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If you are referring to my latest post, the answer is that the string literal is an array of characters, which decays to a pointer. Adding an integer to a pointer is pointer arithmetic, which advances the pointer N elements, where N is current->data. This is all legal, just unintended. It becomes illegal if the value of current->data is negative, or exceeds the length of the string.

While it is legal to take a pointer to the "one past the end" of this array (which in this case would point just after the implied NUL character in the string literal) the chances are that whatever is done next with this pointer will be illegal. Passing it to a C style string API, such as operator<<(std::ostream &, const char *) is not allowed.

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[quote name='swiftcoder' timestamp='1333512840' post='4928093'] [quote name='wqking' timestamp='1333509514' post='4928085'] This is C++, you can't just join an integer to a std::string. [CODE]char buffer[128]; sprintf(buffer, "%d", current->data); s += "Item " + buffer + " is not in the list.";[/CODE][/quote] That is fairly efficient (although error checking would be nice), but a complete hassle if you want to expand it to other types beyond just integers. In C++, we have stringstreams for this purpose: [code]std::ostringstream os; os << current->data; s += os.str();[/code] Or, if you have access to Boost, see [url="http://www.boost.org/doc/libs/1_49_0/doc/html/boost_lexical_cast.html"]lexical_cast[/url]. [/quote]

I tried to download Boost, but when i compiled it with the exe it made libs for vsc++ 2010. I don't know how to make it be for 2008, any ideas? I wanna use this new one (1.49) because it's got a lot of cool stuff. I tried to look for a forum on the boost site but didn't find one.

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Adding --toolset=msvc-9.0 to the bjam command line should (probably) do the trick. Obviously bjam must be invoked with the right environment variables set, easiest with the "Visual Studio 2008 Command Prompt" that should be available in your start menu.

Edit: That aside, while there are certainly important and useful parts of Boost that need to be compiled, isn't lexical_cast header-only?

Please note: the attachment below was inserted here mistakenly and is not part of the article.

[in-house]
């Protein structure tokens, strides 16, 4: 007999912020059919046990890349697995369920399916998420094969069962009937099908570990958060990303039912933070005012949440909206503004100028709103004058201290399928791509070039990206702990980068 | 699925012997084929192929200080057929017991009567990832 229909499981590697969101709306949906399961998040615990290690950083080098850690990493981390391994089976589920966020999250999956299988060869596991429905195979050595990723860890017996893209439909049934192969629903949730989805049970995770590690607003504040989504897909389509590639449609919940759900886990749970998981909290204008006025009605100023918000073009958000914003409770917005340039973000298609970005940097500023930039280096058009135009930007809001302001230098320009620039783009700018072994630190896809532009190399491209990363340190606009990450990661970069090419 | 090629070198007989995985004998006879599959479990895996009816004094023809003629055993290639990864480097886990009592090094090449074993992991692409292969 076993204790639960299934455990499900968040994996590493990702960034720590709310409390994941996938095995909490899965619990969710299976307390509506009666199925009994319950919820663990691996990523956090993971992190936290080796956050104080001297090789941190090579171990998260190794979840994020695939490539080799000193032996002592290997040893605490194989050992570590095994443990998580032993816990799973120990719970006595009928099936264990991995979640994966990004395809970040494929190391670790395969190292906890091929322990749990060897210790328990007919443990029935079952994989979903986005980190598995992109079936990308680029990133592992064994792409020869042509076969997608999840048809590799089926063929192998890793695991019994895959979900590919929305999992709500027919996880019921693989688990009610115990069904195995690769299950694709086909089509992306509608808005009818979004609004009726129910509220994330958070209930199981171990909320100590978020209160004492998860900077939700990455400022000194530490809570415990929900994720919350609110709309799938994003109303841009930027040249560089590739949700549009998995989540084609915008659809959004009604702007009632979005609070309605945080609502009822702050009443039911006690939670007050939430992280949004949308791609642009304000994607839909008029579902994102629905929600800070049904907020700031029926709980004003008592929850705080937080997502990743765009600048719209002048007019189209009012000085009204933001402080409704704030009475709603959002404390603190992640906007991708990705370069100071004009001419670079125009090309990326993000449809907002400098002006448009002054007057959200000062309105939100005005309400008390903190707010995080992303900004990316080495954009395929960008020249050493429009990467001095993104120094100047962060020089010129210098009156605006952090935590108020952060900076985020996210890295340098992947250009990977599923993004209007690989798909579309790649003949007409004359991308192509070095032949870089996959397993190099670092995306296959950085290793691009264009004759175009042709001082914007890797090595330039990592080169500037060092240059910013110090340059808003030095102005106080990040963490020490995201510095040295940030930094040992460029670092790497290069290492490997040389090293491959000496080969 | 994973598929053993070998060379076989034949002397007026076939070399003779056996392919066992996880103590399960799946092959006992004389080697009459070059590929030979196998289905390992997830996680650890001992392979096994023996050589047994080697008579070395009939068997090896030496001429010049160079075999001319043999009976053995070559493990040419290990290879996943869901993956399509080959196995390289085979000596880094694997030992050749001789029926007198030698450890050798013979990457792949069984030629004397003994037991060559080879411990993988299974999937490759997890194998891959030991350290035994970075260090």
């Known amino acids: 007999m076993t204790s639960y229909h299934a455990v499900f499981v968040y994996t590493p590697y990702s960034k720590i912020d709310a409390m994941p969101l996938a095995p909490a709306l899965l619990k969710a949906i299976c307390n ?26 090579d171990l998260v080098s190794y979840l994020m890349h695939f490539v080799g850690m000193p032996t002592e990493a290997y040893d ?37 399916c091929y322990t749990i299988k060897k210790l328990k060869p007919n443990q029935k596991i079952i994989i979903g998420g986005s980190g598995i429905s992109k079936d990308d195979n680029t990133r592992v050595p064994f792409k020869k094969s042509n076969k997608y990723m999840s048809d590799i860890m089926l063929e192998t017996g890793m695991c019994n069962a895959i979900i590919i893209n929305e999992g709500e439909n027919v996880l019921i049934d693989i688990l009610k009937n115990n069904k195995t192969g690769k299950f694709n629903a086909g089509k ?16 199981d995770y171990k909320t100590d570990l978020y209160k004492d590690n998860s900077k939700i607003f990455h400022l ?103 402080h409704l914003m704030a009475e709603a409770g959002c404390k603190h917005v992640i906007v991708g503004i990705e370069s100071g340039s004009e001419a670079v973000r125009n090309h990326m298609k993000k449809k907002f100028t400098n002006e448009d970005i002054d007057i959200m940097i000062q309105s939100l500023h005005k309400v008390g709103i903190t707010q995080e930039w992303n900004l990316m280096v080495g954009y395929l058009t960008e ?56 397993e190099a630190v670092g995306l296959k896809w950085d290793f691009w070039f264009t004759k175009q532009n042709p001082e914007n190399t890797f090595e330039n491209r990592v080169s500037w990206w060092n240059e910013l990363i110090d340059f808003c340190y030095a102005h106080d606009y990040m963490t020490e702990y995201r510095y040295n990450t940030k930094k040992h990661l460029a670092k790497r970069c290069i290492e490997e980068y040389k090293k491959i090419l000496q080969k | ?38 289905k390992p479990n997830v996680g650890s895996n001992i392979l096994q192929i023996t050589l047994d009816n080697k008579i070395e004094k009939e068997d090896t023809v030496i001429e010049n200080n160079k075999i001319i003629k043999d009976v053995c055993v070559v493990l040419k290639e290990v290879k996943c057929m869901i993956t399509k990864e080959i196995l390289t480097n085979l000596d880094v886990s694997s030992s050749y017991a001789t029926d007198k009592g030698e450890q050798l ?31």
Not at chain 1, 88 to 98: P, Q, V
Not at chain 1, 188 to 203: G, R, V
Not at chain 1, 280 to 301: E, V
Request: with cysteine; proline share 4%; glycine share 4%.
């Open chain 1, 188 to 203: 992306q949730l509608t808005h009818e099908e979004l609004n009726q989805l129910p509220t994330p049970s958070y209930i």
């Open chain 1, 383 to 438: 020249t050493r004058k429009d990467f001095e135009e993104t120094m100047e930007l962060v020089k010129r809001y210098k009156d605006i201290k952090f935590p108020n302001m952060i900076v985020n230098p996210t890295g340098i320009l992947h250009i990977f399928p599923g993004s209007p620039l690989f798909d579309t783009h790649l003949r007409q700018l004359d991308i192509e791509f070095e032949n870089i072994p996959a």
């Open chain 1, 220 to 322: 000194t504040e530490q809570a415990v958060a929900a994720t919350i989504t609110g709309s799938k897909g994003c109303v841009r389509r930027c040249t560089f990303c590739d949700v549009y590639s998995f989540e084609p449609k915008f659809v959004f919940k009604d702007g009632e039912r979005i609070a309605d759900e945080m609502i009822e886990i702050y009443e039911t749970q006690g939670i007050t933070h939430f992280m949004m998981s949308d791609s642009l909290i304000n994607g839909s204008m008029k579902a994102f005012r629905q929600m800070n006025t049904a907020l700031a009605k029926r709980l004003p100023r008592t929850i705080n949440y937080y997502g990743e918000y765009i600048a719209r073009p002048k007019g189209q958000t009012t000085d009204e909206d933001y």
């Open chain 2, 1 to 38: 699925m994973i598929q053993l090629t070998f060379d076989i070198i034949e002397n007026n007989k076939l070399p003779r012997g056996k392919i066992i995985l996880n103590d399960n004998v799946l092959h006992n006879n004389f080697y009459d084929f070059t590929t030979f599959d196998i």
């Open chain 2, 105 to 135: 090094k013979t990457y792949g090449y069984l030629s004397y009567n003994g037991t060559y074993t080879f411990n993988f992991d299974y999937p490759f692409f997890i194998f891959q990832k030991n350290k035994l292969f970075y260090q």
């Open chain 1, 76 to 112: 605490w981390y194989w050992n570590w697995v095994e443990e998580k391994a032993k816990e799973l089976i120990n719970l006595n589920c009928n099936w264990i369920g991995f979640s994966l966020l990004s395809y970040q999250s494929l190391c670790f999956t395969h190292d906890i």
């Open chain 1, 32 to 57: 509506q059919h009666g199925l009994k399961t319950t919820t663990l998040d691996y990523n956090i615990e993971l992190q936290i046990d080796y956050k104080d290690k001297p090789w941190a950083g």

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Boost can't be this hard to compile.......Im following the instructions on the site, i added an environment variable BOOST_ROOT and still can't get Boost-build to compile. there has to be an easier way to do this....

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I believe you can download pre-built versions of Boost. Read Boost's [url="http://www.boost.org/doc/libs/1_49_0/more/getting_started/windows.html"]Getting Started on Windows[/url] guide.

As BitMaster says, due to heavy use of templates, many Boost libraries are "header only". You don't need to build boost to use them. As such, all you need to do is merely add the Boost include directory to your project path, and you should be able to get lexical_cast<>.

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[quote name='rip-off' timestamp='1333632688' post='4928467']
I believe you can download pre-built versions of Boost. Read Boost's [url="http://www.boost.org/doc/libs/1_49_0/more/getting_started/windows.html"]Getting Started on Windows[/url] guide.

As BitMaster says, due to heavy use of templates, many Boost libraries are "header only". You don't need to build boost to use them. As such, all you need to do is merely add the Boost include directory to your project path, and you should be able to get lexical_cast<>.
[/quote]

well, i'd figure i'd use the FileSystem and other libraries of Boost to, pardon the pun, boost my code. as im trying to make my own engine and wanted to add scripting (basically like Ogre's material scripts or what not. Ogre uses boost for some of it's functions so i figured i'd try to use it to. also use FileSystem as an archive to add resources to a file then load them on demand, like companies have. you know.